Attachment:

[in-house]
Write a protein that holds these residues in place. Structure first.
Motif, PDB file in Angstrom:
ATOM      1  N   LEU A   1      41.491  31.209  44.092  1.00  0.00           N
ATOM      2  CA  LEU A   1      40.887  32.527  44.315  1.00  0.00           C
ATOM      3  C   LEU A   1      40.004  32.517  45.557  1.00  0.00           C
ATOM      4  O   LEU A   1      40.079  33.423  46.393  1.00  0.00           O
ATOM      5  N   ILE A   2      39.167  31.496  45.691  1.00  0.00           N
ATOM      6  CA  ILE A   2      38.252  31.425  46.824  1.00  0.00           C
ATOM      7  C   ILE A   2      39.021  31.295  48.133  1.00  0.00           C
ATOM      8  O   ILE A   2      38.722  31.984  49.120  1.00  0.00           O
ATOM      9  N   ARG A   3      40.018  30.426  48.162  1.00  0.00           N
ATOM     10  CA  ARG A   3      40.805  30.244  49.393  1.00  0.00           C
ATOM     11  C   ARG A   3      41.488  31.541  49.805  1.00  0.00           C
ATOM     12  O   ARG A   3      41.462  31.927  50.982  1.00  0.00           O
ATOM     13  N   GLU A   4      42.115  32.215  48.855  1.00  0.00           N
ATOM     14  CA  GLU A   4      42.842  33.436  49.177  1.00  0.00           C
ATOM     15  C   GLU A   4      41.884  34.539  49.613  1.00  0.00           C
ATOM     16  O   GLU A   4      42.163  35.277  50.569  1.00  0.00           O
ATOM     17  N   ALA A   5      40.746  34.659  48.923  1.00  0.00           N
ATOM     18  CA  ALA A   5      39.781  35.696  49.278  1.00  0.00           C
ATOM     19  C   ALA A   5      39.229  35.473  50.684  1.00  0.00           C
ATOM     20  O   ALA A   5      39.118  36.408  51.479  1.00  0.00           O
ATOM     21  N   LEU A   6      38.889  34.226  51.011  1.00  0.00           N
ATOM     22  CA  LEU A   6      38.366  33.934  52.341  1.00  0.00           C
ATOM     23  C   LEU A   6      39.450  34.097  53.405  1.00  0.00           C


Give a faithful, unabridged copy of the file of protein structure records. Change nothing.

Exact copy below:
[in-house]
Write a protein that holds these residues in place. Structure first.
Motif, PDB file in Angstrom:
ATOM      1  N   LEU A   1      41.491  31.209  44.092  1.00  0.00           N
ATOM      2  CA  LEU A   1      40.887  32.527  44.315  1.00  0.00           C
ATOM      3  C   LEU A   1      40.004  32.517  45.557  1.00  0.00           C
ATOM      4  O   LEU A   1      40.079  33.423  46.393  1.00  0.00           O
ATOM      5  N   ILE A   2      39.167  31.496  45.691  1.00  0.00           N
ATOM      6  CA  ILE A   2      38.252  31.425  46.824  1.00  0.00           C
ATOM      7  C   ILE A   2      39.021  31.295  48.133  1.00  0.00           C
ATOM      8  O   ILE A   2      38.722  31.984  49.120  1.00  0.00           O
ATOM      9  N   ARG A   3      40.018  30.426  48.162  1.00  0.00           N
ATOM     10  CA  ARG A   3      40.805  30.244  49.393  1.00  0.00           C
ATOM     11  C   ARG A   3      41.488  31.541  49.805  1.00  0.00           C
ATOM     12  O   ARG A   3      41.462  31.927  50.982  1.00  0.00           O
ATOM     13  N   GLU A   4      42.115  32.215  48.855  1.00  0.00           N
ATOM     14  CA  GLU A   4      42.842  33.436  49.177  1.00  0.00           C
ATOM     15  C   GLU A   4      41.884  34.539  49.613  1.00  0.00           C
ATOM     16  O   GLU A   4      42.163  35.277  50.569  1.00  0.00           O
ATOM     17  N   ALA A   5      40.746  34.659  48.923  1.00  0.00           N
ATOM     18  CA  ALA A   5      39.781  35.696  49.278  1.00  0.00           C
ATOM     19  C   ALA A   5      39.229  35.473  50.684  1.00  0.00           C
ATOM     20  O   ALA A   5      39.118  36.408  51.479  1.00  0.00           O
ATOM     21  N   LEU A   6      38.889  34.226  51.011  1.00  0.00           N
ATOM     22  CA  LEU A   6      38.366  33.934  52.341  1.00  0.00           C
ATOM     23  C   LEU A   6      39.450  34.097  53.405  1.00  0.00           C